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Invasive ductal carcinoma Larger Version
Invasive ductal carcinoma (IDC), sometimes called infiltrating ductal carcinoma, is the most common type of breast cancer. About 80% of all breast cancers are invasive ductal carcinomas.
Invasive means that the cancer has “invaded” or spread to the surrounding breast tissues. Ductal means that the cancer began in the milk ducts, which are the “pipes” that carry milk from the milk-producing lobules to the nipple. Carcinoma refers to any cancer that begins in the skin or other tissues that cover internal organs — such as breast tissue. All together, “invasive ductal carcinoma” refers to cancer that has broken through the wall of the milk duct and begun to invade the tissues of the breast. Over time, invasive ductal carcinoma can spread to the lymph nodes and possibly to other areas of the body.
According to the American Cancer Society, more than 180,000 women in the United States find out they have invasive breast cancer each year. Most of them ...
Ductal carcinoma in situ (DCIS) is the most common type of non-invasive breast cancer. Ductal means that the cancer starts inside the milk ducts, carcinoma refers to any cancer that begins in the skin or other tissues (including breast tissue) that cover or line the internal organs, and in situ means "in its original place." DCIS is called "non-invasive" because it hasn’t spread beyond the milk duct into any normal surrounding breast tissue. DCIS isn’t life-threatening, but having DCIS can increase the risk of developing an invasive breast cancer later on.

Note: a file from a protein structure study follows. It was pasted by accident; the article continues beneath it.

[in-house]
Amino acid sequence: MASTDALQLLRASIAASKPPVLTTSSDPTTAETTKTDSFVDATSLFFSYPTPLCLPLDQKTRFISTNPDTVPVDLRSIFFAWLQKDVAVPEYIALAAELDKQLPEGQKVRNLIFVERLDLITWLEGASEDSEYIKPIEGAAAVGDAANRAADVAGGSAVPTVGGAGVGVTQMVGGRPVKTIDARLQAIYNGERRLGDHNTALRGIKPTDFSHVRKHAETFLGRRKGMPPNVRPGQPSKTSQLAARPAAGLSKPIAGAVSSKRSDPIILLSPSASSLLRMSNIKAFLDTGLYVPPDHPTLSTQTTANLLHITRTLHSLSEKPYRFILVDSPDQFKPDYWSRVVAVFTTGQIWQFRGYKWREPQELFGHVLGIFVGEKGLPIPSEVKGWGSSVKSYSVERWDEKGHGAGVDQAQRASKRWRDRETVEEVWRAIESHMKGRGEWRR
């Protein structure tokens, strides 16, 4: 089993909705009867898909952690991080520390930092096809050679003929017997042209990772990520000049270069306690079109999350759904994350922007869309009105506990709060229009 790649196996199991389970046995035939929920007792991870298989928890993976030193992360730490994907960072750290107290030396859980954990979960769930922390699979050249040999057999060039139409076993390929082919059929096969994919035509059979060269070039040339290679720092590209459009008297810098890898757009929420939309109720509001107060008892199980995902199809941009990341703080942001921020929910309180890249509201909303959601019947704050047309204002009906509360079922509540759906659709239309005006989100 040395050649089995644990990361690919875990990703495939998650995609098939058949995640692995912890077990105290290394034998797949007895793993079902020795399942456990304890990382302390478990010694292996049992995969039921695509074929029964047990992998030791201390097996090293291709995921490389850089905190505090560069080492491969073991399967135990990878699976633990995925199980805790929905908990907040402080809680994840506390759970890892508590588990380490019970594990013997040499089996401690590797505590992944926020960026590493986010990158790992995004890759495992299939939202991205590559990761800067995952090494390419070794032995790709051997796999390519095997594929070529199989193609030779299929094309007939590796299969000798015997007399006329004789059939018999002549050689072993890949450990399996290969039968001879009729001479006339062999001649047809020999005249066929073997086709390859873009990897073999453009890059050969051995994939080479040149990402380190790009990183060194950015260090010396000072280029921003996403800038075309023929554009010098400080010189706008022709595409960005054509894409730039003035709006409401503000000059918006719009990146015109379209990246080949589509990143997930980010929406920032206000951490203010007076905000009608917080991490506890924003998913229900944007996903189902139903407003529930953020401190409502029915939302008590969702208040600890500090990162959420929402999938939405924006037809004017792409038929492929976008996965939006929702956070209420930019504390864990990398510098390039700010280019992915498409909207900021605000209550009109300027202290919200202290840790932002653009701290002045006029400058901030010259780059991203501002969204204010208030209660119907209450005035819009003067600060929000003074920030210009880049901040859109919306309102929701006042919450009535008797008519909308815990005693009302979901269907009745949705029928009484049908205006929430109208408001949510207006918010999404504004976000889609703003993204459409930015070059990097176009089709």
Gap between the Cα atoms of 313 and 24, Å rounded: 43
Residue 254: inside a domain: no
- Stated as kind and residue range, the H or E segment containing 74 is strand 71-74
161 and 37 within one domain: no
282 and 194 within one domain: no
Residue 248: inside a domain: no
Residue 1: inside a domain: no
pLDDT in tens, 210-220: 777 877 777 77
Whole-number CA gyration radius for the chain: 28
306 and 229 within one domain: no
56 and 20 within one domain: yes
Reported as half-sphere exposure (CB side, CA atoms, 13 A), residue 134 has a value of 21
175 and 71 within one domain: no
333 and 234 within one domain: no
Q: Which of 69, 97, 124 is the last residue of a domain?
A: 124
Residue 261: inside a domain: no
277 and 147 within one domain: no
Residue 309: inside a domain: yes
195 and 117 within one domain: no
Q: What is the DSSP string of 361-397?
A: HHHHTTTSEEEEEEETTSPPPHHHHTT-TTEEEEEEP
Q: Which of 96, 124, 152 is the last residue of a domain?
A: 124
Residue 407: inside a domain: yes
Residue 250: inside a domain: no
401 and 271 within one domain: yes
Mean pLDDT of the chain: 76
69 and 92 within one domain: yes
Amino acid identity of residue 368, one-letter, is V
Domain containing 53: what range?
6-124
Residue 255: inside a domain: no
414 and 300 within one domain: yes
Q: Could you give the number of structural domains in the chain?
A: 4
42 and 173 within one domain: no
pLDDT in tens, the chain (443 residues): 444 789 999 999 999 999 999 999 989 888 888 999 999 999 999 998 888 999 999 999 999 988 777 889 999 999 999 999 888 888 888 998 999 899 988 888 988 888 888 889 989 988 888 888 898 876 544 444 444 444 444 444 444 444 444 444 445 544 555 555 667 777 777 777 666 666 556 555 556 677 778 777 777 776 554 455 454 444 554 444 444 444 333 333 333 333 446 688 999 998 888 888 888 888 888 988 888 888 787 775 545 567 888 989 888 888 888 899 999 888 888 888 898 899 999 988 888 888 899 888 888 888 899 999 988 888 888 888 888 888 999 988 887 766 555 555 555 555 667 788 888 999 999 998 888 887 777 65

When you have had DCIS, you are at higher risk for the cancer coming back or for developing a new breast cancer than a person who has never had breast cancer before. Most recurrences happen within the 5 to 10 years after initial diagnosis. The chances of a recurrence are under 30%.
Women who have breast-conserving surgery (lumpectomy) for DCIS without radiation therapy have about a 25% to 30% chance of having a recurrence at some po...
When you hear the words “breast cancer,” what’s your first impression (besides dread)? Do you picture your mother, sister, or girlfriend? Film footage of legions of pink-ribbon bedecked women striding through the streets of a major city, television coverage of one of the big breast cancer fund-raising walks? Do you ever see a man in this picture? No? We often speak about the sisterhood of breast cancer. Well, move over ladies–men get breast cancer, too. Not nearly as often as women, admittedly; while about 200,000 American women are diagnosed with breast cancer each year, the figure for men is about 1,300, a little over half of one percent of the total. But for those 1,300 men, the diagnosis is just as searing; the treatment as painful, the illness just as life-threatening. In fact, statistics show breast cancer diagnosis in a man is actually more life-threatening, due to the fact it was probably made later, and the cancer is usually more advanced. The vast major...
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